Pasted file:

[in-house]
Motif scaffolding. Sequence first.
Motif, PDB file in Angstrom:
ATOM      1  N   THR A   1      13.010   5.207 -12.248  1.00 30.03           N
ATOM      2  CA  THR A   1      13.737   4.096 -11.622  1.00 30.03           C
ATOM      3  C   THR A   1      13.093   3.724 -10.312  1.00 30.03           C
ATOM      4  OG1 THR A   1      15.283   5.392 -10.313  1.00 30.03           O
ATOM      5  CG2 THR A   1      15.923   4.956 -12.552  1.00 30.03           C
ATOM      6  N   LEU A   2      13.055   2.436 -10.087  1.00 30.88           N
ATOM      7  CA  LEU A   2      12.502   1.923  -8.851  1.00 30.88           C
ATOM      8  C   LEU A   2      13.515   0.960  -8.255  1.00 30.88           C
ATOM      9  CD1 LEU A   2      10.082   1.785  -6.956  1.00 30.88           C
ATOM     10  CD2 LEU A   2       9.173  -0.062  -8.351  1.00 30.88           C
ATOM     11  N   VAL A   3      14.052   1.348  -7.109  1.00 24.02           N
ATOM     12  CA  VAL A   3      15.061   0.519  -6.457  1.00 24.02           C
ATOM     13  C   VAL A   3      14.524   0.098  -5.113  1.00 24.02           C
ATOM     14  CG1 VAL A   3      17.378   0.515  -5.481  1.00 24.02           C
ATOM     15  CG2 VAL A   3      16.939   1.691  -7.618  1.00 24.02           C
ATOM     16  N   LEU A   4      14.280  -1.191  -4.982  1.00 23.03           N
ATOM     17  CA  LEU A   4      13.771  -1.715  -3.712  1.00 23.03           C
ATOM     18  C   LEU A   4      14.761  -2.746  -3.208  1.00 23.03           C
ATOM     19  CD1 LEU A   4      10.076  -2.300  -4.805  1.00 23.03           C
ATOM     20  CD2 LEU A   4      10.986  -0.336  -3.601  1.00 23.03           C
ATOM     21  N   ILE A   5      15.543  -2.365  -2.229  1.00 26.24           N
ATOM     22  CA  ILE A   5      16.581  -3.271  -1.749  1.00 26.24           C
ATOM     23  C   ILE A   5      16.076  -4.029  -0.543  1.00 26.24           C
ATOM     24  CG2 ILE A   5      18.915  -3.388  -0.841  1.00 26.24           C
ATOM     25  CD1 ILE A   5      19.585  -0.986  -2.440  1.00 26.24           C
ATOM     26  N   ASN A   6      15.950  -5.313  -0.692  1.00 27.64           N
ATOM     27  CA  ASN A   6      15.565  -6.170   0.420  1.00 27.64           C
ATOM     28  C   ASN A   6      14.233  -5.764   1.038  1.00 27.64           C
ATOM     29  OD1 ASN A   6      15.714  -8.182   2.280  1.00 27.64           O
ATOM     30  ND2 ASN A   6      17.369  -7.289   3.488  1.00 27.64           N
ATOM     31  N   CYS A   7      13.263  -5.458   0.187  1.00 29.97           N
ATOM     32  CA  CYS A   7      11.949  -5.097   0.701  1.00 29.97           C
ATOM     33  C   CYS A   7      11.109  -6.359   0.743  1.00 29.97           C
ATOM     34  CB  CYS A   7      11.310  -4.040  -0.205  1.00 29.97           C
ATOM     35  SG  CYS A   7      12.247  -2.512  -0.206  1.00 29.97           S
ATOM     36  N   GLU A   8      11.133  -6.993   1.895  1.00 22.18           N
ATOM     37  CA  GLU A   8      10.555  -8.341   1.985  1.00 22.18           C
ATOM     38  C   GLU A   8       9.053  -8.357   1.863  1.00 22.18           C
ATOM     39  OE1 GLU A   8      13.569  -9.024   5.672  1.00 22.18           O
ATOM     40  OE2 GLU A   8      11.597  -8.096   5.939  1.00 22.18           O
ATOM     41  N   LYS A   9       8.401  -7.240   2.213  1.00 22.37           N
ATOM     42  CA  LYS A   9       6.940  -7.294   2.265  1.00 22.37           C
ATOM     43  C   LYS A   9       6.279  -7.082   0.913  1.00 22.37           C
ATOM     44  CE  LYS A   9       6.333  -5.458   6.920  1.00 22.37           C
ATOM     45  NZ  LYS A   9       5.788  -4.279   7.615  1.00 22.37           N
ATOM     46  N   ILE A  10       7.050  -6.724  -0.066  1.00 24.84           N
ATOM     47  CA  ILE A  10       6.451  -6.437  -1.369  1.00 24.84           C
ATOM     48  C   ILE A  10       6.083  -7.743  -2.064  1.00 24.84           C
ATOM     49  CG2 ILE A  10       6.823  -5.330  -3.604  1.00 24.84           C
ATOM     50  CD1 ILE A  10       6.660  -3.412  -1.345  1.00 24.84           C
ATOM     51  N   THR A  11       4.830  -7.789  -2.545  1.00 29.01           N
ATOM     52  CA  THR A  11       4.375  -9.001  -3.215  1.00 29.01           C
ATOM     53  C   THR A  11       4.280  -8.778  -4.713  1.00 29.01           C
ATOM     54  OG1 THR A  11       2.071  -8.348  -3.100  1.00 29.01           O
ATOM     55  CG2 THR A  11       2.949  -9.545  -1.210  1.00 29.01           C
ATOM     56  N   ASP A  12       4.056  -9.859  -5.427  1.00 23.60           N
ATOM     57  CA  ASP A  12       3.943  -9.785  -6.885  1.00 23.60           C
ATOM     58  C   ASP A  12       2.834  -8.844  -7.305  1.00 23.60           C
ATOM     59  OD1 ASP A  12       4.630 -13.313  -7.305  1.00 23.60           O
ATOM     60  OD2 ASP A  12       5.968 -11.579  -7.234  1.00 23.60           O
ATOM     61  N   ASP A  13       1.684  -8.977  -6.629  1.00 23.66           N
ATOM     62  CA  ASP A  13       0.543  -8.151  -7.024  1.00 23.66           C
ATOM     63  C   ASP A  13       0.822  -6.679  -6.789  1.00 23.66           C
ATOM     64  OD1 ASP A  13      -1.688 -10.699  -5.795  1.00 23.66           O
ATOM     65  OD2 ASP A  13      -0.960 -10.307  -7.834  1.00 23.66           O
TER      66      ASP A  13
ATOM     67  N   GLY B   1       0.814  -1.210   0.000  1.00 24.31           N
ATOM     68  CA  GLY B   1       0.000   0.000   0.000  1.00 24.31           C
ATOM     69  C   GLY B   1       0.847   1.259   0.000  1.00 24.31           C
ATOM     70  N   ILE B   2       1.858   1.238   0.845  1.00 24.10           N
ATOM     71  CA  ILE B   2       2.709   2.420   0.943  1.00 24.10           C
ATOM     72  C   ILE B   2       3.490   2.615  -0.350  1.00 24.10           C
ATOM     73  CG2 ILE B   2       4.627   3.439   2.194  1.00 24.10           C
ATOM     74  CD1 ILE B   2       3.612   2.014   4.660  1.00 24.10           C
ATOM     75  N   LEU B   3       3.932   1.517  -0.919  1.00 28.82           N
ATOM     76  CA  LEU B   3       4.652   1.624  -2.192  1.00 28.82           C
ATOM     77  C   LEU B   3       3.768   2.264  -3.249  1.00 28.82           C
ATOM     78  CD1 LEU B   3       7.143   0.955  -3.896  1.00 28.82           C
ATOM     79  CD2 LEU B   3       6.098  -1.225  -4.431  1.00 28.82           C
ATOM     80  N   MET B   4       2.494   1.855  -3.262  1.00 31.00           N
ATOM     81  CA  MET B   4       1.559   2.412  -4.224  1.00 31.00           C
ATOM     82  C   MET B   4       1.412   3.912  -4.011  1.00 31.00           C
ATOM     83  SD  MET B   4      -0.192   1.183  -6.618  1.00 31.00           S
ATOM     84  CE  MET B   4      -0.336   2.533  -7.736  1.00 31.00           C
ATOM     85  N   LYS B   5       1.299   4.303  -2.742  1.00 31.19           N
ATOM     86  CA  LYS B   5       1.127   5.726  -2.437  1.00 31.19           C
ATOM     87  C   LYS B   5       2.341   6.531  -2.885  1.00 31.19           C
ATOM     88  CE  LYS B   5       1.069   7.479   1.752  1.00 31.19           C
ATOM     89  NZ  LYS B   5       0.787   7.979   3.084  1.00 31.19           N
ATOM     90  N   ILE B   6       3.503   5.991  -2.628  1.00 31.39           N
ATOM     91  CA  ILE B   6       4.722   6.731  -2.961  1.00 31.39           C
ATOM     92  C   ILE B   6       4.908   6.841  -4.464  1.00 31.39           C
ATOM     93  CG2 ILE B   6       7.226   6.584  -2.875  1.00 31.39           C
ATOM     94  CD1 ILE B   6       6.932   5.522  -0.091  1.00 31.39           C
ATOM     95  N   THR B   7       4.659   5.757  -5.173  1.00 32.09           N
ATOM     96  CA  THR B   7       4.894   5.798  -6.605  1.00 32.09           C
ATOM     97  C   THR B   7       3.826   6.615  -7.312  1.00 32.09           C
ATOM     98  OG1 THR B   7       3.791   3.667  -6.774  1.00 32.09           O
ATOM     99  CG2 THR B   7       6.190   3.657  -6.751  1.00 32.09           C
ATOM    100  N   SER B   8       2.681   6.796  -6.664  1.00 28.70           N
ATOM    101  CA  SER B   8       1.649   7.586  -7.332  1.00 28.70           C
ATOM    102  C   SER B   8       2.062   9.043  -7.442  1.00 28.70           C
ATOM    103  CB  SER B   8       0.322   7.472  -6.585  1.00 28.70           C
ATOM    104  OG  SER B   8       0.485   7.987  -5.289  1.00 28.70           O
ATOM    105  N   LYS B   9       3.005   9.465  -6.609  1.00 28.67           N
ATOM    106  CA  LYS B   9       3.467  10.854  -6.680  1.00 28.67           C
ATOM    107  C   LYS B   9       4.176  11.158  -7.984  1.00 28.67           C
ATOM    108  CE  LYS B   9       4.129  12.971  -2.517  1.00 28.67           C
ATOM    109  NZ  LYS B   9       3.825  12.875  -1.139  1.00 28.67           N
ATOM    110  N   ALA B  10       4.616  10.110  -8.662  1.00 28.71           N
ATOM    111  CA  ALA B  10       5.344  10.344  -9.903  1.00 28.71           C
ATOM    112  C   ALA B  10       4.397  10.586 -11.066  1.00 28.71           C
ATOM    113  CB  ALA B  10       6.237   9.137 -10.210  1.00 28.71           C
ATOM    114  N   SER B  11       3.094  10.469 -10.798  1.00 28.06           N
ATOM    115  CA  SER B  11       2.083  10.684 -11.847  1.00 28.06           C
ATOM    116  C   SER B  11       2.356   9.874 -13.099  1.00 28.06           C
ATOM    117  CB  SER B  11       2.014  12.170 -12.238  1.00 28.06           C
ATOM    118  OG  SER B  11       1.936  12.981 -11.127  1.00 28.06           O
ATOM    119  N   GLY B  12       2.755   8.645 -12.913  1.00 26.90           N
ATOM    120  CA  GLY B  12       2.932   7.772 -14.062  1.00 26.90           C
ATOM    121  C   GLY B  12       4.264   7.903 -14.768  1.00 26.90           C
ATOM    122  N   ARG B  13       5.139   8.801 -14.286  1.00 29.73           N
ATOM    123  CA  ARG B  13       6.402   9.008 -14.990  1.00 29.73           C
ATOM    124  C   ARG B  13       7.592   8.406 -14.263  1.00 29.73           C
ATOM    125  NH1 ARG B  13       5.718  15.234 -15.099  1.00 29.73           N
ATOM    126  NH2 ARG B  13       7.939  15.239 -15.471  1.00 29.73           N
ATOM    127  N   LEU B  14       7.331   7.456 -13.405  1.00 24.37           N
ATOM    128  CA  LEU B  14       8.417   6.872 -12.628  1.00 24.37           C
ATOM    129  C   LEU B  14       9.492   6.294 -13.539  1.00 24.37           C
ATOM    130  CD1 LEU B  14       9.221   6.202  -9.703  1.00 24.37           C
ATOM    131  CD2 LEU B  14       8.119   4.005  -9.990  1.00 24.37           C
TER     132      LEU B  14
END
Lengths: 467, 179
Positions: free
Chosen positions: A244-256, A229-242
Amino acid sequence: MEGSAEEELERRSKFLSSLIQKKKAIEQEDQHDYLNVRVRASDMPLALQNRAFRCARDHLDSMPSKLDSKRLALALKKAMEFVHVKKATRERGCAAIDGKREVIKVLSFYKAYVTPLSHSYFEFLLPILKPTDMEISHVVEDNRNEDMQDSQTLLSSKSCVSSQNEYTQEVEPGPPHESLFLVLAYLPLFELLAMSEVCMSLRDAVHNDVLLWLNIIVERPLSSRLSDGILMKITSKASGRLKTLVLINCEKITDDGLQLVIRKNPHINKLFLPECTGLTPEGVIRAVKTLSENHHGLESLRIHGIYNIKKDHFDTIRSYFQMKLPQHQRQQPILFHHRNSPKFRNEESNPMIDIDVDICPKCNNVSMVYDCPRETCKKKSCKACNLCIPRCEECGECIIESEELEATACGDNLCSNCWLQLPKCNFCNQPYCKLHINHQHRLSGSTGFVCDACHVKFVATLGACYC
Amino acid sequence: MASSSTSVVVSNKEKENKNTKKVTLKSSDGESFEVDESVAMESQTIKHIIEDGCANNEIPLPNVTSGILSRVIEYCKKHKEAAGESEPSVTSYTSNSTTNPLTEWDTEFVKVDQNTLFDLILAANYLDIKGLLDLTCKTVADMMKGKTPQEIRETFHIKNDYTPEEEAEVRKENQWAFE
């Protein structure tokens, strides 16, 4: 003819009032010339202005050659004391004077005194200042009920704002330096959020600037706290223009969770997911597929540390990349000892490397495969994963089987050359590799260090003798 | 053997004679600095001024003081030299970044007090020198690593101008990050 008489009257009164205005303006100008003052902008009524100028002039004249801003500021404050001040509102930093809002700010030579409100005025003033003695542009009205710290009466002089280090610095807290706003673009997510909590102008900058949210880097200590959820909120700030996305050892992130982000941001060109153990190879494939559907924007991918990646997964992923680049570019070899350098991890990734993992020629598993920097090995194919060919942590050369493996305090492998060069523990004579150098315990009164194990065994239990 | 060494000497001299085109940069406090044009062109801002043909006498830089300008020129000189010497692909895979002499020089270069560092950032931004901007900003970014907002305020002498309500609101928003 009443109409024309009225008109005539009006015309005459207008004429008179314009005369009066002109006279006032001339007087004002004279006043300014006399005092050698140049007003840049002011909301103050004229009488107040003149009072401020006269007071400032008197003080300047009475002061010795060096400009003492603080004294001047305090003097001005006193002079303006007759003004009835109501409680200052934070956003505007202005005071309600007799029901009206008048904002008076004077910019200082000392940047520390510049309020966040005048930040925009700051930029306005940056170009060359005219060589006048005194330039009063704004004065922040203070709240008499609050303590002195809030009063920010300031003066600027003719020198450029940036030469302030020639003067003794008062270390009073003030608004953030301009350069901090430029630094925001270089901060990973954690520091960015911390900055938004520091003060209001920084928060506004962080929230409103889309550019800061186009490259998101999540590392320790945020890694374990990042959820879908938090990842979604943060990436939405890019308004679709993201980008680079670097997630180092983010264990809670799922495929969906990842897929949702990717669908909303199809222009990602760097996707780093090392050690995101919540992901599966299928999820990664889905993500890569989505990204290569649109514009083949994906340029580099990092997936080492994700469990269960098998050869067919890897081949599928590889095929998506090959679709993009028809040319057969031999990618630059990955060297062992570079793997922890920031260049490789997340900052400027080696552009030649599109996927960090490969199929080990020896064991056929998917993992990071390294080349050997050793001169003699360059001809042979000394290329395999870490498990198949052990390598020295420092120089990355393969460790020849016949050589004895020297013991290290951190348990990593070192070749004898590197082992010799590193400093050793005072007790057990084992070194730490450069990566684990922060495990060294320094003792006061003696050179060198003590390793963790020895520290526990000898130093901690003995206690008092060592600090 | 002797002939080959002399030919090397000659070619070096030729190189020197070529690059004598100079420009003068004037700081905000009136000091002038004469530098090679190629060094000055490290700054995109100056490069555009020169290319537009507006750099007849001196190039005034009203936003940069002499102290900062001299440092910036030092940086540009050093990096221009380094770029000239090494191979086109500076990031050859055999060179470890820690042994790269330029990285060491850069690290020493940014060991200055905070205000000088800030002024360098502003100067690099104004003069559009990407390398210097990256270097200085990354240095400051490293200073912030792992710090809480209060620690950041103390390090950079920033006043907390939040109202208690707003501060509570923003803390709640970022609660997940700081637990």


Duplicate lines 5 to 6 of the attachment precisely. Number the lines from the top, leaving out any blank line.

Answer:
ATOM      2  CA  THR A   1      13.737   4.096 -11.622  1.00 30.03           C
ATOM      3  C   THR A   1      13.093   3.724 -10.312  1.00 30.03           C